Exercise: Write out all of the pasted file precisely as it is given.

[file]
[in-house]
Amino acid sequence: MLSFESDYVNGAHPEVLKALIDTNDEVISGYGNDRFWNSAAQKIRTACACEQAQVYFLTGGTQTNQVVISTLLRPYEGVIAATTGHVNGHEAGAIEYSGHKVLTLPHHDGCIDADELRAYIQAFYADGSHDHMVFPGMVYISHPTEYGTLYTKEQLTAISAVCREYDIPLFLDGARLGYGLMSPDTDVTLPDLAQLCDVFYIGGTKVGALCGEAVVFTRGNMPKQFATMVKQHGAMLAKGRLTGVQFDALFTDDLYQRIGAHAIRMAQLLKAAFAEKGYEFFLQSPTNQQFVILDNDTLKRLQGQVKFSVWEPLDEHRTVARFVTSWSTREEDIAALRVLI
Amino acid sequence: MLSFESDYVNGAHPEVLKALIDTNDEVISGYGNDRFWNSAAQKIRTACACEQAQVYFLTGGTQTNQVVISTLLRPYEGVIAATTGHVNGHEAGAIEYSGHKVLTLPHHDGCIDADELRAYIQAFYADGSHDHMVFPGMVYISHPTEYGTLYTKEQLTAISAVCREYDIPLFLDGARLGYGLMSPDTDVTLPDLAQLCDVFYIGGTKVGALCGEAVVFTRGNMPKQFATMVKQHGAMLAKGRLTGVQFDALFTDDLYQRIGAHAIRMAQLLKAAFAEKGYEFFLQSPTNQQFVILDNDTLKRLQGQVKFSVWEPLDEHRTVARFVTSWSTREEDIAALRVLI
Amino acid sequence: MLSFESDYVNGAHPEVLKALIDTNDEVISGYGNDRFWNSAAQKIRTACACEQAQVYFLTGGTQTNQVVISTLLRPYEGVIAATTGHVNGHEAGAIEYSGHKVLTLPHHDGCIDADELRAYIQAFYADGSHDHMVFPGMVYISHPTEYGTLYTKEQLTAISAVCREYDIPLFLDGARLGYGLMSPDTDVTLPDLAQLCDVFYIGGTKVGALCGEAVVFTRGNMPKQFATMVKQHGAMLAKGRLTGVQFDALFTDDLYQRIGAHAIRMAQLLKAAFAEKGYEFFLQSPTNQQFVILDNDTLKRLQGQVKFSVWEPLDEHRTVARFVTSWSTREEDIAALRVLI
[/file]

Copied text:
[in-house]
Amino acid sequence: MLSFESDYVNGAHPEVLKALIDTNDEVISGYGNDRFWNSAAQKIRTACACEQAQVYFLTGGTQTNQVVISTLLRPYEGVIAATTGHVNGHEAGAIEYSGHKVLTLPHHDGCIDADELRAYIQAFYADGSHDHMVFPGMVYISHPTEYGTLYTKEQLTAISAVCREYDIPLFLDGARLGYGLMSPDTDVTLPDLAQLCDVFYIGGTKVGALCGEAVVFTRGNMPKQFATMVKQHGAMLAKGRLTGVQFDALFTDDLYQRIGAHAIRMAQLLKAAFAEKGYEFFLQSPTNQQFVILDNDTLKRLQGQVKFSVWEPLDEHRTVARFVTSWSTREEDIAALRVLI
Amino acid sequence: MLSFESDYVNGAHPEVLKALIDTNDEVISGYGNDRFWNSAAQKIRTACACEQAQVYFLTGGTQTNQVVISTLLRPYEGVIAATTGHVNGHEAGAIEYSGHKVLTLPHHDGCIDADELRAYIQAFYADGSHDHMVFPGMVYISHPTEYGTLYTKEQLTAISAVCREYDIPLFLDGARLGYGLMSPDTDVTLPDLAQLCDVFYIGGTKVGALCGEAVVFTRGNMPKQFATMVKQHGAMLAKGRLTGVQFDALFTDDLYQRIGAHAIRMAQLLKAAFAEKGYEFFLQSPTNQQFVILDNDTLKRLQGQVKFSVWEPLDEHRTVARFVTSWSTREEDIAALRVLI
Amino acid sequence: MLSFESDYVNGAHPEVLKALIDTNDEVISGYGNDRFWNSAAQKIRTACACEQAQVYFLTGGTQTNQVVISTLLRPYEGVIAATTGHVNGHEAGAIEYSGHKVLTLPHHDGCIDADELRAYIQAFYADGSHDHMVFPGMVYISHPTEYGTLYTKEQLTAISAVCREYDIPLFLDGARLGYGLMSPDTDVTLPDLAQLCDVFYIGGTKVGALCGEAVVFTRGNMPKQFATMVKQHGAMLAKGRLTGVQFDALFTDDLYQRIGAHAIRMAQLLKAAFAEKGYEFFLQSPTNQQFVILDNDTLKRLQGQVKFSVWEPLDEHRTVARFVTSWSTREEDIAALRVLI